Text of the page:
Kathryn Bertine's helping hand-me-down

Elite cyclist Kathryn Bertine is writing about her quest to qualify for the 2012 London Games. In Part 8 of her series, Bertine proves sometimes it takes a village to raise a cyclist.

There's an old proverb which states, "it takes a village to raise a Kathryn." The quote comes from the century-old Nigerian Igbo culture of Africa, and I'm truly amazed at its accuracy. I don't know how they predicted that a cyclist in modern day Arizona would indeed need an entire village-worth of help to foster her Olympic dreams. But they did. I do. Here's why.

On my return from my six-and-a-half week road-racing adventure in Belgium, I found out my time trial bike, the 2010 Specialized Transition, is illegal to race in my upcoming UCI time trial events.

Normal people might ask how a bicycle can possibly be rendered "illegal." It's not like the thing has a motor inside. The answer is both confusing and, to be honest, silly. But, just as other sports have refs and judges, the cycling world has a governing body that doles out rules and regulations about riders and their equipment. Apparently a two-inch piece of carbon fiber on the front of my particular time trial bike model is seen as an aerodynamic advantage. That must be why I won the world championships last year. Oh, wait. I didn't. I finished nearly last despite my aerodynamic prowess. True, I was suffering from the flu, but I was hoping those two-inch carbon fiber pieces would get me to the podium, since they're such an advantage and all.

The final verdict is this: I have the Pan American championships in two weeks and I don't have a legal bike to race. I'll be disqualified if I bring the one I have.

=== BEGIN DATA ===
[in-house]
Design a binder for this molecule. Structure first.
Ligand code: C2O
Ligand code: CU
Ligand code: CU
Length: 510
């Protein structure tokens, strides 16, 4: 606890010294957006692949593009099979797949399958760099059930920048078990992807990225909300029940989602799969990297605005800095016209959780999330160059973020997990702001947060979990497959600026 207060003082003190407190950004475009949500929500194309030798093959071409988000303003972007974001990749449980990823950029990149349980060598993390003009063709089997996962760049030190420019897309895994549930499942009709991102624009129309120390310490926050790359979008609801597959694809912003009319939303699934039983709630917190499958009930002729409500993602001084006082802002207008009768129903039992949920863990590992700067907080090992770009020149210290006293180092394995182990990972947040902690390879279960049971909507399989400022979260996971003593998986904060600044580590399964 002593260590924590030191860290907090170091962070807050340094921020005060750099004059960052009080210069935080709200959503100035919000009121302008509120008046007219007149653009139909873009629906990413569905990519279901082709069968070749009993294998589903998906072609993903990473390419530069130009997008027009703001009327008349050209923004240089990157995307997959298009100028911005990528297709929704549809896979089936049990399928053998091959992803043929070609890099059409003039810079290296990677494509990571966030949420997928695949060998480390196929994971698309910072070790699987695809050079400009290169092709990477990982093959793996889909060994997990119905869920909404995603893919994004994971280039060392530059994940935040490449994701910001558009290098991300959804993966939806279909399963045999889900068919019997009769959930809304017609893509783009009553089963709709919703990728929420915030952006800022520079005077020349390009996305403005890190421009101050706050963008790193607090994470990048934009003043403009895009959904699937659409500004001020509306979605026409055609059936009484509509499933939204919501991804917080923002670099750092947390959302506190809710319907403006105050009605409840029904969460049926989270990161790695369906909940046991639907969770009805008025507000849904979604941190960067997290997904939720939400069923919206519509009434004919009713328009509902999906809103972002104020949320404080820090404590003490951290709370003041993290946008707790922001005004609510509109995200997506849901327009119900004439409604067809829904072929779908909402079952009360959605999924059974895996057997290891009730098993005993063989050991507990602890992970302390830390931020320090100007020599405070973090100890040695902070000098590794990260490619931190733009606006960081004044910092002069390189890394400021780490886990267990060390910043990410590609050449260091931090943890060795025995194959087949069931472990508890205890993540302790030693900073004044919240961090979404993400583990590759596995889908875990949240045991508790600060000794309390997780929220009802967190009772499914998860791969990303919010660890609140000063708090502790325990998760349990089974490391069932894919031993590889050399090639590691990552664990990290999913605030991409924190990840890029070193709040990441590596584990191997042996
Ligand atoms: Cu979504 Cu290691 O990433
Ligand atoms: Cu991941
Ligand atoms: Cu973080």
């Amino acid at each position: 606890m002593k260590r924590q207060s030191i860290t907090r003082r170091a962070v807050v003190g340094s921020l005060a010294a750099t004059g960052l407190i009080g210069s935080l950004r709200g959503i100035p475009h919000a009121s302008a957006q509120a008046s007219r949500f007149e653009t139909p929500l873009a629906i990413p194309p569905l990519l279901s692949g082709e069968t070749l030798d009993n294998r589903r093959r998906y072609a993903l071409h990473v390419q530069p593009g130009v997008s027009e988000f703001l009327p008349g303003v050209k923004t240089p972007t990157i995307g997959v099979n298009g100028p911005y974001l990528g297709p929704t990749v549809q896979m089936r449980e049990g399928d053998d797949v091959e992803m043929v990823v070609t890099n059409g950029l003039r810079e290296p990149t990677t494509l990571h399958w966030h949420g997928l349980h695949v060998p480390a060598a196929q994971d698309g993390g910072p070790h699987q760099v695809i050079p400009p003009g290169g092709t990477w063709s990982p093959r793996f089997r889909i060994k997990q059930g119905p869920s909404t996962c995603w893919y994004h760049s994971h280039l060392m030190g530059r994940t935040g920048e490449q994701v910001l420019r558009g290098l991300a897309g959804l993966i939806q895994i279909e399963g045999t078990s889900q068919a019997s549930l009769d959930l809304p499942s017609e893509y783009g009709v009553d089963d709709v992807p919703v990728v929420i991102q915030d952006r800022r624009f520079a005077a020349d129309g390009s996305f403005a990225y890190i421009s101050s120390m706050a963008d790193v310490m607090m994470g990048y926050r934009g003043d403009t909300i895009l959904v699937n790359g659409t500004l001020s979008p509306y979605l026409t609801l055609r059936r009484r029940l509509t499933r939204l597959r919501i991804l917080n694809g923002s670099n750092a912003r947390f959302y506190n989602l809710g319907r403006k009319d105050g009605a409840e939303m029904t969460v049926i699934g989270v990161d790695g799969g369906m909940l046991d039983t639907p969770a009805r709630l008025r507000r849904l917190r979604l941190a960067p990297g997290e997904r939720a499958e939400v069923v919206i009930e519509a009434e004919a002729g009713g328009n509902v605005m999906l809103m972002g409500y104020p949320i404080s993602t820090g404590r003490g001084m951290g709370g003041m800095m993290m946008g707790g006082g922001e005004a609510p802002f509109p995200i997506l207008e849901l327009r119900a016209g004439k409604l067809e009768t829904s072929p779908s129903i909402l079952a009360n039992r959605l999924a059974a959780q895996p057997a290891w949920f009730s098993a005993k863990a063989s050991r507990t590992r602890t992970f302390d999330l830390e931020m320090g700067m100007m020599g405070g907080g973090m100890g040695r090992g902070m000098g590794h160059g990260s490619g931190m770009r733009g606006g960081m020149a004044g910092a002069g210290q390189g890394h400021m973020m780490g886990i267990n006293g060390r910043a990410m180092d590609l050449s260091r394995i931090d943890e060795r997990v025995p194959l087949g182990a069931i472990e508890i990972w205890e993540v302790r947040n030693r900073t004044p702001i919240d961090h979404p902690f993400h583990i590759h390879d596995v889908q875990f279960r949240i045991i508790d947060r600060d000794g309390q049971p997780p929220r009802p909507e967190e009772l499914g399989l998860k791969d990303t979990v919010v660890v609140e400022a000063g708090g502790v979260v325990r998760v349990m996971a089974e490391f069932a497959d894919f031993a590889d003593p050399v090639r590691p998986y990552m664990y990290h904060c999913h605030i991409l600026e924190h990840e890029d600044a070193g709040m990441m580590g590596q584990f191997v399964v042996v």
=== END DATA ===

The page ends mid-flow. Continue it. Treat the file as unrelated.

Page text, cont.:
Now for the "village" part. After my husband and I frantically called the head of my cycling federation in St. Kitts and Nevis (a wonderful man named Winston Crooke) and told him I might not be able to race in Colombia at Pan Ams on May 6, Crooke frantically called friends and connections in search of a solution that might save me from having to by a new $6,000 time trial bike. (Don't ask about the cost of bikes. That's a whole other article).

While most elite riders have access to free bikes from team sponsorships or federation grants, neither St. Kitts and Nevis or my personal bank account allow for new, last-minute time trial bike purchases. My domestic team, Trisports Cycling, funds me with a (legal!) road bike, so luckily I'm all set for road races, but the time trial is a different element. Finding a time trial bike frame to borrow for the year was the only way to get myself legal. So Crooke called in the Canadian Mounties. Sort of. The village was quickly going global.

In the tiny town of Lansdowne, in the Canadian province of Ontario, a small upstart of a cycling company called Unovelo, which has a total of three employees, heard about my time trial troubles from Crooke. Scott Gerrie, the owner, said he had a model frame that just came out of the mold. It's unpainted. Not very fancy looking. But it's cutting edge technology ... and legal.

"I'll ship it to you Monday," Gerrie said.

"I'll take all the parts and components off your old bike," my husband, George, said.

"We'll put the new bike together for you," my local Tucson bike mechanic said.

"I'll see you at the Pan Am championships," Crooke said.

"I don't know who to thank first," I said.

"You know, the proverb is actually 'It takes a village to raise a child'" the Nigerian Igbo tribe in Africa said.

Child, cyclist, Kathryn, dreamer, hoper, or anyone whoever wants to do something with their lives -- the proverb holds the same meaning. No worthwhile goal is ever obtained alone. Some time, somewhere, somehow everyone has to ask for help and guidance.

I've always been told the time trial is an individual event, but that's just another irony of the sport. Next week, at the Pan Am championships in Colombia, there will be women rolling down the start ramp with $6,000-plus bikes, individual goals of glory and full team funding behind them. They're going to need those things, because I have an entire village behind me. We're feeling pretty unstoppable.

Related Content